Fired school finance officer Stephen A. Wagner pleaded guilty Tuesday to embezzling more than $3.5 million from the Newport-Mesa Unified School District over at least six years, and renewed his pledge to make restitution of the looted funds.
Wagner, who entered the guilty plea in a barely audible voice at his arraignment in Superior Court, faces eight years and eight months in state prison on five counts of misappropriating public funds and filing false state income tax returns.
The Wagner case, believed to be the largest school embezzlement in state history, has rocked the wealthy Newport-Mesa school district, once one of the richest in the state but now balancing several years of deficits with layoffs, classroom crowding and supply shortages. It has inspired angry teachers and parents to demand the ouster of top administrators and prompted school districts up and down the state to rethink their security procedures.
Court documents filed Tuesday showed that Wagner siphoned off more than $3.5 million between Nov. 26, 1986, and April 10, 1992, mostly in cashier's checks he issued to himself or others from a secret employee health fund that was supposed to have been closed by 1986. Some of the stolen money is believed to have included federal lunch program funds for disadvantaged children.
Deputy Dist. Atty. Carlton P. Biggs emphasized that the criminal investigation of the extent of the embezzlement is continuing. Biggs also revealed in court that federal officials are strongly considering prosecuting the case separately. Such a move could mean substantially more prison time and severe fines for the 40-year-old Newport Beach man, who used school funds to finance an opulent lifestyle, investments in real estate and dubious investments in gems and speculative business endeavors.
Wagner's lawyer, Paul S. Meyer, decried a possible federal investigation and trial as a waste of public resources.
"Mr. Wagner is completely devastated by all the events that have occurred," Meyer said. "He is not seeking sympathy; he doesn't want sympathy. He simply wants to make things right with the school district. . . . It would seem to be a terrible waste of time to prosecute another case alongside this one."
News of Wagner's guilty plea surprised hardly anyone in the 17,500-student school district.
"What else could he do except throw himself at the mercy of the court?" said Assistant Supt. Thomas A. Godley. "I think the evidence is pretty clear-cut."
Some grumbled that the punishment Wagner faces is not equal to the crime.
"Right now, the employees feel they couldn't think of an adequate penalty for the amount of misery (suffered by) the people who have had to pay the price for his greed," said Donald Evans, president of the union representing the district's non-teaching employees.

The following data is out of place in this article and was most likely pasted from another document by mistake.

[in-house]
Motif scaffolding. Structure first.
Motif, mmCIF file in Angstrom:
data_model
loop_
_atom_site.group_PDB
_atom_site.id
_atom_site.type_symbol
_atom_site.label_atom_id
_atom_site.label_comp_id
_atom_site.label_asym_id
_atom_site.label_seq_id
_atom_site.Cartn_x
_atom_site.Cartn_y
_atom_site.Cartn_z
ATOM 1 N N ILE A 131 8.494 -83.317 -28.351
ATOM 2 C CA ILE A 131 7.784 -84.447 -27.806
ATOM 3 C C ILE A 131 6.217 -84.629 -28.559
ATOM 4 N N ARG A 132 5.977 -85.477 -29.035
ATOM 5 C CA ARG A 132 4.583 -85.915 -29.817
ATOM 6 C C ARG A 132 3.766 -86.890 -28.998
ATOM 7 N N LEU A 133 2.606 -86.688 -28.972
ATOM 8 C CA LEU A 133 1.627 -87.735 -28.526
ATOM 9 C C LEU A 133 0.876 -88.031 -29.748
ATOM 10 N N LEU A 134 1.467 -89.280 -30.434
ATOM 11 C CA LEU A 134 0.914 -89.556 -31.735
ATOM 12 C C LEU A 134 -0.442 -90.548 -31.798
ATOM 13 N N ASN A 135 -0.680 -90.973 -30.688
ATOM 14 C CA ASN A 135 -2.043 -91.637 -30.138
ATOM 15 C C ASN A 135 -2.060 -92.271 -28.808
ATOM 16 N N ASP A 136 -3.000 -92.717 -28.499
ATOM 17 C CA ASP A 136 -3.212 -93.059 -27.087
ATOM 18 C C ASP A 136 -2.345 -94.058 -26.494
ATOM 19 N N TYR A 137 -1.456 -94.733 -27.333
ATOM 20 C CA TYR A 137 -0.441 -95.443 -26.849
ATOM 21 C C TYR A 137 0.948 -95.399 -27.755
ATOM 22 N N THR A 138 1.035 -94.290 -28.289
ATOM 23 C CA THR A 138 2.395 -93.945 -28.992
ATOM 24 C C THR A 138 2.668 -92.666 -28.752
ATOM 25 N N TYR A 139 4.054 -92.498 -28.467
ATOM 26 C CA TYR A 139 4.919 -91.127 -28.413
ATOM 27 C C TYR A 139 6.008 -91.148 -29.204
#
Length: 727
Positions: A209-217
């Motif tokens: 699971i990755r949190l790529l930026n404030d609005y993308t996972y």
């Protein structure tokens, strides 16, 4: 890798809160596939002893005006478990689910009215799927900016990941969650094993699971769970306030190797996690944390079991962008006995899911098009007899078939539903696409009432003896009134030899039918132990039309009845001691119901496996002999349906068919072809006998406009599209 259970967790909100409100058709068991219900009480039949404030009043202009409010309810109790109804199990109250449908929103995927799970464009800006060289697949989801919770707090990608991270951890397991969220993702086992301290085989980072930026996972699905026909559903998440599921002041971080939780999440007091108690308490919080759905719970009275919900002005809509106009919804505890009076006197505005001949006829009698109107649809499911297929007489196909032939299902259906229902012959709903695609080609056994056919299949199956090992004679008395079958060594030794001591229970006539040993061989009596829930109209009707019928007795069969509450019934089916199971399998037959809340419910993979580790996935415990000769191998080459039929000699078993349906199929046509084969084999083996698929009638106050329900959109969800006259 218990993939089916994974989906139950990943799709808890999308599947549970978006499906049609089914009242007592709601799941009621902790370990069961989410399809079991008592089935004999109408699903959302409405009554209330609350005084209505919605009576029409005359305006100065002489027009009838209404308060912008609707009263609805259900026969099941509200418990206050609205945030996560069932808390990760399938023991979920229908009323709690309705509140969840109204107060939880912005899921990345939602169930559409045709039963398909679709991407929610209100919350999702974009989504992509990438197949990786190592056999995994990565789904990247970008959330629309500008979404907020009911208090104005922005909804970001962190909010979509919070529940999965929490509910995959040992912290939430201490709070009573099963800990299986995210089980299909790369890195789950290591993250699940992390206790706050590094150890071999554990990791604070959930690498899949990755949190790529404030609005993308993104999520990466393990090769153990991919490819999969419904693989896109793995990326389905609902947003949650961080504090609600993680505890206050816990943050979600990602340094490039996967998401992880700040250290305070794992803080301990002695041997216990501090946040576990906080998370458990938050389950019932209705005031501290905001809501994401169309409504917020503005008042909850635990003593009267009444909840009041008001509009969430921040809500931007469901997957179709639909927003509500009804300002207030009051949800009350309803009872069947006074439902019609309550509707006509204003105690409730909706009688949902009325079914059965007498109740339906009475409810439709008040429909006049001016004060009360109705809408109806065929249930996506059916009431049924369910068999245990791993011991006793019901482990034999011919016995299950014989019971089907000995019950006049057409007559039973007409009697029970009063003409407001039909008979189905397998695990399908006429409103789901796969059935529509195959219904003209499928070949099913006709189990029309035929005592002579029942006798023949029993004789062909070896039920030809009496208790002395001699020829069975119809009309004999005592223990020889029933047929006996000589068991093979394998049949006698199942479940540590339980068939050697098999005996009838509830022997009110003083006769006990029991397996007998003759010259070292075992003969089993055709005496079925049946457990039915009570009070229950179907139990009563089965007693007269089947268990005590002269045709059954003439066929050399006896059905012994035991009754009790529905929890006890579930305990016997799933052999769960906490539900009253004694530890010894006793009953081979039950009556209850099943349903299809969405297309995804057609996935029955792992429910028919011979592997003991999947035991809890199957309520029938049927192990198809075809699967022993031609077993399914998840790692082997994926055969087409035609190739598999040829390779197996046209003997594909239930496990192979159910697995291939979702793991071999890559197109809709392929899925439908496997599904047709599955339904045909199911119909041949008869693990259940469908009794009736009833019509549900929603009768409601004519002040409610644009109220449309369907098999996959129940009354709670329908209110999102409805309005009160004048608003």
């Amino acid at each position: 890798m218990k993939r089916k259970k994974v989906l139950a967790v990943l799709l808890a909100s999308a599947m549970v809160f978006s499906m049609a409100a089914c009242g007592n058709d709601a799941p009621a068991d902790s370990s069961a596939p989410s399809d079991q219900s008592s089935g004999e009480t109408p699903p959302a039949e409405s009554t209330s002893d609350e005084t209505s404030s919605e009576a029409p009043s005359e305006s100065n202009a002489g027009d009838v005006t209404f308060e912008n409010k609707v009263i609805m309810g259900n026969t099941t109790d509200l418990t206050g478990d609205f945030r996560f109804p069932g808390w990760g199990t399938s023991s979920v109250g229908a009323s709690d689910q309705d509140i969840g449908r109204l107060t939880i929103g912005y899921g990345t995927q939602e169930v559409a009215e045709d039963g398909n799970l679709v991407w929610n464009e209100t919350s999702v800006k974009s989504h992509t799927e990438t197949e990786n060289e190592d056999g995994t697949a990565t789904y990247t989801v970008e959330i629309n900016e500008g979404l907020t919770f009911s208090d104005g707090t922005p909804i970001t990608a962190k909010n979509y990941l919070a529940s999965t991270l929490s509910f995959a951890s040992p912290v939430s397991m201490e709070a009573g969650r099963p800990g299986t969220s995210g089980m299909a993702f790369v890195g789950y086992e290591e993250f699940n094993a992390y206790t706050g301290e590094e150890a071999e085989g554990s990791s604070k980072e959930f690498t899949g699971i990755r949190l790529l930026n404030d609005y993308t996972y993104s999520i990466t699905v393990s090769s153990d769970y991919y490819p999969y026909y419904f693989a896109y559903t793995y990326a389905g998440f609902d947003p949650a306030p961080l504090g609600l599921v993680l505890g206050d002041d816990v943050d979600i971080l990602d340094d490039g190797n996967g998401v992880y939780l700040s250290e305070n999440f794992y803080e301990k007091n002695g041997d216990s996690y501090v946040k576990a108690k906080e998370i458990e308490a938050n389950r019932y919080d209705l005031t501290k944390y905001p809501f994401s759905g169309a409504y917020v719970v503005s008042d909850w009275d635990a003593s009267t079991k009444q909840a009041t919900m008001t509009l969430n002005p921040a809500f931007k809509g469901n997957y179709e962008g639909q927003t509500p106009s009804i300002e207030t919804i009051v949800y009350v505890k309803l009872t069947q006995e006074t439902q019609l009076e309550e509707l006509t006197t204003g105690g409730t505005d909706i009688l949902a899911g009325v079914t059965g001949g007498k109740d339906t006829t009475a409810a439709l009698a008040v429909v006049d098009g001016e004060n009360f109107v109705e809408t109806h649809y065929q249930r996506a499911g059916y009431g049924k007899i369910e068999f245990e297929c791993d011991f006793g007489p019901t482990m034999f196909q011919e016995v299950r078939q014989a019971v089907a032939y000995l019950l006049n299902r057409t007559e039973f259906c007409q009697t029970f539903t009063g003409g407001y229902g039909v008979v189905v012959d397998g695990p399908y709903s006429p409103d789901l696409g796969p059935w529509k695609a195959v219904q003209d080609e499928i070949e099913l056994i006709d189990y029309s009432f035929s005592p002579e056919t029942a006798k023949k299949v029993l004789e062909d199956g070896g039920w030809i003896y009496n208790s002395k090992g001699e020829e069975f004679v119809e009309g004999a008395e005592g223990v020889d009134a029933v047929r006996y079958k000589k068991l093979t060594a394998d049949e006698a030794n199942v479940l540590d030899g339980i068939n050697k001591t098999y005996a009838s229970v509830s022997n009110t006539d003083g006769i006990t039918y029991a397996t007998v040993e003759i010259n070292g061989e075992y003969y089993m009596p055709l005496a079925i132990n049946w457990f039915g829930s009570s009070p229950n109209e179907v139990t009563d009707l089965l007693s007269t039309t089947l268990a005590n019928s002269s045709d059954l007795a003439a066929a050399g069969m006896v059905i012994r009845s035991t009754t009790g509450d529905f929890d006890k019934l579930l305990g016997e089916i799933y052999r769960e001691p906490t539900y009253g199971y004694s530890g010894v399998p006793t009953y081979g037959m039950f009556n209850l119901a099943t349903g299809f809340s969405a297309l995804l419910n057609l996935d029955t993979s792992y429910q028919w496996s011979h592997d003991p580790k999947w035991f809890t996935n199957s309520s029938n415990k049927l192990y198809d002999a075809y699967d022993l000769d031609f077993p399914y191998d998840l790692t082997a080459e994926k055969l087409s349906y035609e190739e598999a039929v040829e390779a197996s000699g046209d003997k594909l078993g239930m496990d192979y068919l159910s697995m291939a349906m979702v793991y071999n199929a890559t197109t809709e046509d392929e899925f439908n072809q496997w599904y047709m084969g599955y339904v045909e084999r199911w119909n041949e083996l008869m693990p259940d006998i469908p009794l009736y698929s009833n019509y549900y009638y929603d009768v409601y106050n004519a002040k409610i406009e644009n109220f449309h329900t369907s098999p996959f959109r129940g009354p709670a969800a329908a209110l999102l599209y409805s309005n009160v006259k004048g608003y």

But many parents--angered about overcrowded classes, run-down campuses and supply shortages--were more concerned about what the Wagner case says about lax district management.
"I'm not worried about the Wagner situation as much as I am about getting competent management on board," said Greg Wohl, who is part of a coalition of parents calling for the replacement of longtime Supt. John W. Nicoll, as well as Godley and Deputy Supt. Carol A. Berg. "That's our sole focus right now."
Wagner remains at the Orange County Jail. He will not seek release on bail, which has been set at $1.2 million.
"Certainly his family could try to raise the money," Meyer said. "But he (Wagner) is not interested in bail. He wants to commit every resource to making restitution in this case. His concern is to get the property back to the school district. I think he's taking a realistic, responsible view of what has occurred. You can't turn back the clock. Today (with his guilty plea) is the strongest statement of that."
Meyer declined to say how much money Wagner could return to the district.
Sources close to the investigation say Wagner is confident that he could return most of the missing money, but others are doubtful of his ability to recoup the full amount he is believed to have invested in gems, real estate and other valuables.
"He (Wagner) has identified certain assets which we are now endeavoring to take possession of, including gems," said Theodor Albert, bankruptcy trustee of the Wagner estate. "I haven't seen the gems yet. Until I do, I'm in no position to say it's going to be a lot of money or not."
Albert said Wagner has estimated the gem collection--including rubies, diamonds and a large emerald--to be worth about $1 million. The gems are believed to be held in Toronto and Hollywood, Fla.
"It's premature for me to say how much, if any, restitution can be gotten from them," he said.
Albert is also preparing to liquidate the Wagners' seven houses and condominiums, including a $1-million, five-bedroom, four-bath home Wagner bought in the exclusive Dover Shores area of Newport Beach in July, 1990.
Albert was appointed to oversee Wagner's estate because Wagner and his wife failed to list substantial assets, including a shoe repair business and gems, when they filed for bankruptcy last July. The couple sought Chapter 11 protection of their estate just days after the Internal Revenue Service filed nearly $2.4 million in liens against them for unpaid taxes from 1986 through 1989.
The IRS liens are believed to cover income that Wagner and his wife allegedly have not reported. Sources close to the investigation believe the unreported income targeted by the IRS may well be looted school district funds.
Times staff writer Jodi Wilgoren contributed to this report.